Image for “The honour in giving back”, Finding Your Bliss

Giving back to one’s community can take many forms. It’s a good feeling to donate money to causes we believe in. And when we receive email “asks” from friends, we happily click to their donation page to support them in what they believe in.

But a few years back, something inside me inspired me to become a bigger stakeholder. I found out that digging in and really involving myself in a community charity event gave me a lot of joy.

My younger sister Shari was born with a developmental disability. She receives support from the Reena Foundation. Like most charitable entities, Reena can always use more money to help fund their myriad local programs, which focus on wellness, creativity and sports. Reena provides support, staffed residences, vans for transportation to appointments, and many other crucial services.

For charities, it’s always a challenge to figure out how to raise money

One day, my brother Steve brainstormed an idea for an event that would be enjoyable AND raise much-needed funds.

The concept of Striking for Reena was to hold a tournament where entire families would bowl with their Reena family member. We thought, “Let’s see how many people we can recruit.”

Who would turn up for this?

The call went out, and soon enough we had 10 teams on board. Each team asked for sponsorship pledges from friends and family. It’s gratifying to see how people can be so generous!

In that first year none of us knew how it was going to turn out. But the few teams involved kept raising money; donations ranged from $50 to sponsorships of thousands.

Over the next few months our event grew and grew, until the day when we finally sold out at 40 teams.

That first year we high-fived each other after raising $27,000 (with a $2,000 overhead). The event was crowded, noisy, and energy crackled in the air. Everyone gorged on pizza, pop, chips, and a gigantic donated chocolate cake.

Most importantly, as the event concluded, there was a moving medal ceremony (which has since become tradition). The medals were presented to the Reena participants. It’s important to stress how inclusive this event is; the families gather round and watch their brother, son, uncle, or aunt receive a medal and a carefully curated loot bag designed just for them.

This is the day we honour them for all to see — for their strength, bravery, pride and of course, their bowling prowess!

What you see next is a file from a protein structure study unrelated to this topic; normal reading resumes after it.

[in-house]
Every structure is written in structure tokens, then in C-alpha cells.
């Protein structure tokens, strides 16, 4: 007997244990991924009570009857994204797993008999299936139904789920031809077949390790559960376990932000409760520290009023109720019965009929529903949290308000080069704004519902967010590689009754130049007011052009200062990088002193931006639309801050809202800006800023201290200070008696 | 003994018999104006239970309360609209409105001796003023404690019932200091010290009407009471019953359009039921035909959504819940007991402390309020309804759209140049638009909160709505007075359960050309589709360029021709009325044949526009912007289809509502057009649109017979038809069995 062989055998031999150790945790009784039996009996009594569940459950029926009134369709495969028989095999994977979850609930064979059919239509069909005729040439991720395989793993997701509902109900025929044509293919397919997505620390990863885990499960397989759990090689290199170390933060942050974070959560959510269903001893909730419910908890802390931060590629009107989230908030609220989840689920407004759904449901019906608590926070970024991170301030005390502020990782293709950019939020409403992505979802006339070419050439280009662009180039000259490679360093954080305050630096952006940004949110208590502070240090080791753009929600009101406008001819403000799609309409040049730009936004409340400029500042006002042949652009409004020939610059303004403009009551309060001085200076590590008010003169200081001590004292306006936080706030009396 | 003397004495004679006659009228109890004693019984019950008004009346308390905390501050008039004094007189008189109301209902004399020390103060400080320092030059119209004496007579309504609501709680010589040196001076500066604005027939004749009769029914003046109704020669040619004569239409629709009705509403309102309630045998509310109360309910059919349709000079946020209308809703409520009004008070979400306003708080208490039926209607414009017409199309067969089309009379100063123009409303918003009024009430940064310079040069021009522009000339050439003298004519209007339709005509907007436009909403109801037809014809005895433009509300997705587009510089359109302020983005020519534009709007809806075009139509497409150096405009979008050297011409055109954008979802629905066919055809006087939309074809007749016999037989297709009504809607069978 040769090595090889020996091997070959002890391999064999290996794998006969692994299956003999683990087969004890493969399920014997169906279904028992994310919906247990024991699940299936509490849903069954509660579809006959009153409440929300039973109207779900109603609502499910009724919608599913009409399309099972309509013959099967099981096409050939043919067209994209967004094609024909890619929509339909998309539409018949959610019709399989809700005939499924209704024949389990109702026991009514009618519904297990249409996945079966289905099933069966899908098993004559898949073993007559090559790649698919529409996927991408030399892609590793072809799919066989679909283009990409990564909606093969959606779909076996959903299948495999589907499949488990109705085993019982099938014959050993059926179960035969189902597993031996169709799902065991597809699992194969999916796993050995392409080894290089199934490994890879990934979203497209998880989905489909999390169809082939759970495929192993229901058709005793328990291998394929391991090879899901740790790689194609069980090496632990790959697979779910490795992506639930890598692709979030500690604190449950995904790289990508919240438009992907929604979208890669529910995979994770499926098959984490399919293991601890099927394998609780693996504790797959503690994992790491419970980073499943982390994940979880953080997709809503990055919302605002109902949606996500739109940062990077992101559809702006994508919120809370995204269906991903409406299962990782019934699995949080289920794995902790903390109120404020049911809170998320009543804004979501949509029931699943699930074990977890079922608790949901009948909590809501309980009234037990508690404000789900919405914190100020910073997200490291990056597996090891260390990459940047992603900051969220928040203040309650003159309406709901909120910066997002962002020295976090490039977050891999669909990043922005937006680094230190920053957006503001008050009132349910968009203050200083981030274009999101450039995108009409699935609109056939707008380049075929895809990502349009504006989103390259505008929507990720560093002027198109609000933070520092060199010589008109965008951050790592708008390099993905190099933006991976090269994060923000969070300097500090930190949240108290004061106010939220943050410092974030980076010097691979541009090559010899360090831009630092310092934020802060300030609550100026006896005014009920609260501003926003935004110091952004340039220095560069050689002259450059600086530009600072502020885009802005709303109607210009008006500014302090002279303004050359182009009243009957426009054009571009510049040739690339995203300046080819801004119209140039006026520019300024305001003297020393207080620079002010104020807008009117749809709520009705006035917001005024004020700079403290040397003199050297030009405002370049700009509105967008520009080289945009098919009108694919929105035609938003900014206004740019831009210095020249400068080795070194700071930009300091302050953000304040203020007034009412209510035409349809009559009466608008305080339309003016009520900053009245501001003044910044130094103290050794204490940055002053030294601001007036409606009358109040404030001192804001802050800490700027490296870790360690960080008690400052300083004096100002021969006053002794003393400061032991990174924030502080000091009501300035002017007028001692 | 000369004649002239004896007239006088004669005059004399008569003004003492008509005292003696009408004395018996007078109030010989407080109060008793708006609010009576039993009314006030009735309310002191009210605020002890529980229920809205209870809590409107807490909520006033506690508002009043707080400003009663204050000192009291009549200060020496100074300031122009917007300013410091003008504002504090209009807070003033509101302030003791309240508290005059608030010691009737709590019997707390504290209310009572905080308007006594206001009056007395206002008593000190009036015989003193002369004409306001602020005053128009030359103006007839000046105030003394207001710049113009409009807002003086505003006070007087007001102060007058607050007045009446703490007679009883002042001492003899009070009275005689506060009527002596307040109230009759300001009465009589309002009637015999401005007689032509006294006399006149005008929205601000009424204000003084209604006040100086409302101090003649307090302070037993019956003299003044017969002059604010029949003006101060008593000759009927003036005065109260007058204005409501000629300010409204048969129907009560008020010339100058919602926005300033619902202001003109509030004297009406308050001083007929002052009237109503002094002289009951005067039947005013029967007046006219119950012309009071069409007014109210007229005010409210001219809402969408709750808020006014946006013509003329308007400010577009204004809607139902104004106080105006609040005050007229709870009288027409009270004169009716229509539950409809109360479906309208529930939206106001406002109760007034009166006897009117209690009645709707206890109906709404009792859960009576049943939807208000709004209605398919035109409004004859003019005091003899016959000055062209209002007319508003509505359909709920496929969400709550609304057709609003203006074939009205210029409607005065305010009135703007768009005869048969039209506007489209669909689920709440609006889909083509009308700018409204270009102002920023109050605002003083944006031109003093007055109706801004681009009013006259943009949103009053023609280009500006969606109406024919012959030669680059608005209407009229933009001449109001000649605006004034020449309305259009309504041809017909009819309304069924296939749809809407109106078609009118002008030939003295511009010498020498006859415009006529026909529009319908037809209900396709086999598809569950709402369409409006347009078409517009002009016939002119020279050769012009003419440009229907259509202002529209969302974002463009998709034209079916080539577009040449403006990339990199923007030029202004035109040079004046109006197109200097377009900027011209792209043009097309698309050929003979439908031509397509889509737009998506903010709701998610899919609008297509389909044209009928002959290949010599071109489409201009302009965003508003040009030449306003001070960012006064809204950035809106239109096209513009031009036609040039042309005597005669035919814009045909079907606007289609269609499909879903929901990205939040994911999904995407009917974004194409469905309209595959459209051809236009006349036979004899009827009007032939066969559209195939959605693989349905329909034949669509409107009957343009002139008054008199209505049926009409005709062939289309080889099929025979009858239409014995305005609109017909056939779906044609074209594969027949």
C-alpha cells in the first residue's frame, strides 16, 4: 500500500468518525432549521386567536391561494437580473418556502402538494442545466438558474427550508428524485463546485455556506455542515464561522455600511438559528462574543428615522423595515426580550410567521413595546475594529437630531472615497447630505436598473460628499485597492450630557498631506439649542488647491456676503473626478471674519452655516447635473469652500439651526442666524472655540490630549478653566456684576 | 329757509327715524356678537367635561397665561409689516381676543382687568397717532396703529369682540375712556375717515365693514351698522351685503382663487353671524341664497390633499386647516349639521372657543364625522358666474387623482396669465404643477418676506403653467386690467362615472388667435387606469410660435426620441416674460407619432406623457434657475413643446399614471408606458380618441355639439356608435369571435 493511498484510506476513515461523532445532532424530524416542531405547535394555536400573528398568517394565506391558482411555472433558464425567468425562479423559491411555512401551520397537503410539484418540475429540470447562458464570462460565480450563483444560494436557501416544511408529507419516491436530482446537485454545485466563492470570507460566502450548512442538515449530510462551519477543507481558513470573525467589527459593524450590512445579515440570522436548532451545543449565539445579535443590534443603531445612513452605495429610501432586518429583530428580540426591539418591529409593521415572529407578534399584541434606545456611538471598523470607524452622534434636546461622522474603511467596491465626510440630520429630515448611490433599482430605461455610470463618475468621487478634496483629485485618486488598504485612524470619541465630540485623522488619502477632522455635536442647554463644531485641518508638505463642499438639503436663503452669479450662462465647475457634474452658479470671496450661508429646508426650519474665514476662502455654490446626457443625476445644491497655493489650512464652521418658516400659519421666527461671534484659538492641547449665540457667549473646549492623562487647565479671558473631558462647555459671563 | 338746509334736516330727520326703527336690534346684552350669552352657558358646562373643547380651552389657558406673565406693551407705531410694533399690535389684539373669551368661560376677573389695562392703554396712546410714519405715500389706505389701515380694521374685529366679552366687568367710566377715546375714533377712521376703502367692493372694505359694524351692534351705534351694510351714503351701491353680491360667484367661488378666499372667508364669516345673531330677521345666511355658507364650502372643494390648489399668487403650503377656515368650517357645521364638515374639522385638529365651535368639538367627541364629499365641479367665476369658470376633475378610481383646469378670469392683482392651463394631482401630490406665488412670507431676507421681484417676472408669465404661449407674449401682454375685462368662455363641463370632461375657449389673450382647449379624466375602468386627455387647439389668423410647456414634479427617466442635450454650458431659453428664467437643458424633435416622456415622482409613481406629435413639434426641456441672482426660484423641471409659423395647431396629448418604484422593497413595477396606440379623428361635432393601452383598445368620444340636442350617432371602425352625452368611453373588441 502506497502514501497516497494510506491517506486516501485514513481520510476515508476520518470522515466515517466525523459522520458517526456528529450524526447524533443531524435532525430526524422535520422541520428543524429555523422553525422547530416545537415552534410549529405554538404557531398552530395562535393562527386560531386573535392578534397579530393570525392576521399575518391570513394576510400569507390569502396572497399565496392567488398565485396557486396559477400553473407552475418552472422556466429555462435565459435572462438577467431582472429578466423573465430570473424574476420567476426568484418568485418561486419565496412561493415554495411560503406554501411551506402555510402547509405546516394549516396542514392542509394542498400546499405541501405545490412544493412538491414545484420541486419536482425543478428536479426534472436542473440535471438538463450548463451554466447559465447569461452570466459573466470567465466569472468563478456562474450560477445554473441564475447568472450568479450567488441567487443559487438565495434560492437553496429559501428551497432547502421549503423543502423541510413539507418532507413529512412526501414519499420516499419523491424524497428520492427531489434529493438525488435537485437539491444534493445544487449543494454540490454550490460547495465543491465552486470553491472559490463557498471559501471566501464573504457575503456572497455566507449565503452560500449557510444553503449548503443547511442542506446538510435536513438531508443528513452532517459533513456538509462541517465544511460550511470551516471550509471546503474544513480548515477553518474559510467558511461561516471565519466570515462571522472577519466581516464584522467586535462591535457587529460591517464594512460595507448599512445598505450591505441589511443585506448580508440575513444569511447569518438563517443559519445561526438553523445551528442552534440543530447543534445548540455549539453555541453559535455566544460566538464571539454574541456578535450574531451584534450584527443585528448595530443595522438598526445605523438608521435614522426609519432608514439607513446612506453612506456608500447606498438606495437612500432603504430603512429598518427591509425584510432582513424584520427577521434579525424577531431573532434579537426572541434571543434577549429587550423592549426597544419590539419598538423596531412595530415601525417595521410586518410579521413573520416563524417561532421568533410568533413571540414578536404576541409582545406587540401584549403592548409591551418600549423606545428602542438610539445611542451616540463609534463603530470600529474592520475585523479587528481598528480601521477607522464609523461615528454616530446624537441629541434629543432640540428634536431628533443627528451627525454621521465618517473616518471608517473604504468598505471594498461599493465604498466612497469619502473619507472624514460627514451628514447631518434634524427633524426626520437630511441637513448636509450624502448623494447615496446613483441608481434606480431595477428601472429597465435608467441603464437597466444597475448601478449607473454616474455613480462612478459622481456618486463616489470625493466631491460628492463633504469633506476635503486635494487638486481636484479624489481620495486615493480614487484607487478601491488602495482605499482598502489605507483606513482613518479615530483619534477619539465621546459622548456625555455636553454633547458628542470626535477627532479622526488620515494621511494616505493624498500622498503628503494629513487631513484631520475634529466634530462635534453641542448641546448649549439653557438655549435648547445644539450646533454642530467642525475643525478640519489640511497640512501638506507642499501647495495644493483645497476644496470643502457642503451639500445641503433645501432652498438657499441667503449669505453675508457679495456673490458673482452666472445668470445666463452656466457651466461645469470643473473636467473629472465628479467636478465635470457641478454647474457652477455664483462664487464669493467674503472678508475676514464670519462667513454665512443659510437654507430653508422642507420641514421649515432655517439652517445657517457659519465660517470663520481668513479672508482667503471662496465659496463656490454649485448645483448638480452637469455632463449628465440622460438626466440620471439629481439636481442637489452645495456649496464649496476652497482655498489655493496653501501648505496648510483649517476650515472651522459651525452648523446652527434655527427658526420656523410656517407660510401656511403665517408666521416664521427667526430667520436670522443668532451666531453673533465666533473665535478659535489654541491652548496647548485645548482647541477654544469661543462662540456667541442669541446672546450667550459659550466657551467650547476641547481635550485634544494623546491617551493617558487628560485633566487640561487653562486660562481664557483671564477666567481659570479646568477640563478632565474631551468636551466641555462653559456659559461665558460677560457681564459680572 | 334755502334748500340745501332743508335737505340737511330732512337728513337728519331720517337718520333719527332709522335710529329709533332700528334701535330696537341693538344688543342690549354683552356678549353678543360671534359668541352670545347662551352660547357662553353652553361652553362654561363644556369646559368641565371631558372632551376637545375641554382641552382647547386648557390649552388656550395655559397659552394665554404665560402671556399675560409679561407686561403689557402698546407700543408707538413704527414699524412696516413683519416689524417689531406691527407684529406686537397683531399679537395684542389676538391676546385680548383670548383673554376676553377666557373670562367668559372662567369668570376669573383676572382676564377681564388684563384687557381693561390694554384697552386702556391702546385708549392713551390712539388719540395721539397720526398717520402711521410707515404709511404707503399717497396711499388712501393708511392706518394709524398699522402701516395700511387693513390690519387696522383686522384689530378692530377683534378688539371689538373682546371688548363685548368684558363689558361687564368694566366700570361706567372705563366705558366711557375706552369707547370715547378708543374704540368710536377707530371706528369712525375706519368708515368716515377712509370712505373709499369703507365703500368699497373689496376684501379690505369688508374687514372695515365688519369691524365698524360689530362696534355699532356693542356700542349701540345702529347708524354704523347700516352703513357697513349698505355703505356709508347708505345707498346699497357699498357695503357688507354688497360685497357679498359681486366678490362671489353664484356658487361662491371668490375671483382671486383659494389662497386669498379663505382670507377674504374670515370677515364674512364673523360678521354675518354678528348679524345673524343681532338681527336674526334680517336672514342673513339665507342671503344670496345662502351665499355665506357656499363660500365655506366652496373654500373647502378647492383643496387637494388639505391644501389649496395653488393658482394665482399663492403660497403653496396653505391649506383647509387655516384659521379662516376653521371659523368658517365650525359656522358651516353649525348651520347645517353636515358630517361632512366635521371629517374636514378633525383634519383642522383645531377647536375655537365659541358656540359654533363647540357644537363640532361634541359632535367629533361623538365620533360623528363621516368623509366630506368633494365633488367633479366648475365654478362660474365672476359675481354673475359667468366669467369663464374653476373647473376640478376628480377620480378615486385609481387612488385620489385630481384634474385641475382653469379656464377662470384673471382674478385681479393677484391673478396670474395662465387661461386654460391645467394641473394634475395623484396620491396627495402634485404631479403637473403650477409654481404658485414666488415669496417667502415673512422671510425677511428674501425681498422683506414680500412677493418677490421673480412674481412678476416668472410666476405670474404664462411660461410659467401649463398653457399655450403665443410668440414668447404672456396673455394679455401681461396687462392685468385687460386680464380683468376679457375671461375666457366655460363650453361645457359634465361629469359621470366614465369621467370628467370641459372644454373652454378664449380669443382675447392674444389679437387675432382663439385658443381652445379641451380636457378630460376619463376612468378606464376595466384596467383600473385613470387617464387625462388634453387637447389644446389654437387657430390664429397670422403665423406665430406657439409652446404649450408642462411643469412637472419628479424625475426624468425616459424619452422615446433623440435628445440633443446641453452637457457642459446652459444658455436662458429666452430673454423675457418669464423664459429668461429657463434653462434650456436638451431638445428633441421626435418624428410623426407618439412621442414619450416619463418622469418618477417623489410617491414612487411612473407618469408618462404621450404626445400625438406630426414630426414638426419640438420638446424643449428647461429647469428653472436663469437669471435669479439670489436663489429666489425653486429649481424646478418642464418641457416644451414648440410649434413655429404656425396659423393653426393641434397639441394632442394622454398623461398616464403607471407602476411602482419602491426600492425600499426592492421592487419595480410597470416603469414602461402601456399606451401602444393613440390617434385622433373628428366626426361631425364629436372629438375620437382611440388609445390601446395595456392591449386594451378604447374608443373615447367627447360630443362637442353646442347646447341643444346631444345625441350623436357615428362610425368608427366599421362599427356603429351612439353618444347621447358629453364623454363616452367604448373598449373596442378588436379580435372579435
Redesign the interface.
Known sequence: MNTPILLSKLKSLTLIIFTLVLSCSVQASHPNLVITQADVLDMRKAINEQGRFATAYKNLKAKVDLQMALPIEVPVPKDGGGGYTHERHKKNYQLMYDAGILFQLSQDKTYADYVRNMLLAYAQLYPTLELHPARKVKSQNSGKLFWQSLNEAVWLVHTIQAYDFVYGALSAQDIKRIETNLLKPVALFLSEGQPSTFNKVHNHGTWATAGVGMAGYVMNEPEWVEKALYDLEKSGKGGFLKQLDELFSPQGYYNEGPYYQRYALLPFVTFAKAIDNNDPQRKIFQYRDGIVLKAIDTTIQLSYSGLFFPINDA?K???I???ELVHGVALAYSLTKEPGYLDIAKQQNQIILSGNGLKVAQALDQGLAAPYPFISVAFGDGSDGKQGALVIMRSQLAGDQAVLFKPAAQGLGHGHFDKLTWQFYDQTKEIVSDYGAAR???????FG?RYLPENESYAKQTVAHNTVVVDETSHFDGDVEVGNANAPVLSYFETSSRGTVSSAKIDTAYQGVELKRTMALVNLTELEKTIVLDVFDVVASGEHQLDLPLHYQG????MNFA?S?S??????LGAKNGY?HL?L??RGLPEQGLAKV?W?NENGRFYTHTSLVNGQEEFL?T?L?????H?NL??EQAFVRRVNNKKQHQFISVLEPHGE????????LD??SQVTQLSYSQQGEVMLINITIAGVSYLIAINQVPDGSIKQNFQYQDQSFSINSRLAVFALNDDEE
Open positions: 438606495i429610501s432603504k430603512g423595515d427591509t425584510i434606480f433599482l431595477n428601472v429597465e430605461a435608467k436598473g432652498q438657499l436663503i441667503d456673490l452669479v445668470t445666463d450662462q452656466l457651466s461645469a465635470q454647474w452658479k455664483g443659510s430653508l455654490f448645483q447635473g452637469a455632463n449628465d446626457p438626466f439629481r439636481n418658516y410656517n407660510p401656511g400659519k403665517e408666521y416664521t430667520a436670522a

I observed that Reena participants are usually the centre of their family, doted upon and loved by relatives who are there for them, as we are there for Shari.

My sister Shari and I have always been close

We grew up together sharing our love of 60s and 70s rock-and-roll music.

And Shari is there for everyone — in good times, and in more challenging times.

For example, when my ailing father was living out his last few months at home, it was easy to depend on Shari to keep our dad company when he needed it most. This was a terrific comfort to him. You see, he adored her.

Before COVID-19, Shari and other Reena members would meet on Saturday afternoons to bowl in a large organized group. This was a weekly activity that Shari looked forward to.

The bowling group members would compete for many prizes and trophies, capped off at the end of the year with a gala banquet; they would all get a chance to dress up, hit the dance floor, and enjoy the buffet.

Alas, the pandemic…

COVID-19 has put bowling and banquets on the back burner for now. But although Shari lives alone, she has yet to complain about her isolation, nor has she asked anything of my siblings and me. I meet her a couple of times a week for an outside coffee, some home-baked goods, or a long walk in the park. We all help her out.

In 2020 our bowling event entered its ninth year, and Striking for Reena went virtual. The show was pre-recorded and emceed by weatherman Tom Brown. He’s been donating his time for 3 years now.

Even without an actual bowling event this year, we still raised over $300,000, and to date, our under-the-radar annual bowling event has raised $1.7 million.

There’s nothing fancy about our event. We call it ‘The Little Event that Could’. It’s fun and satisfying to work with people who are on the same page. With all of us holding the same goals in mind, it’s no surprise that our event has been such a success. And year after year, I hear from people who are just happy to support us.

I’m so grateful to be part of it.

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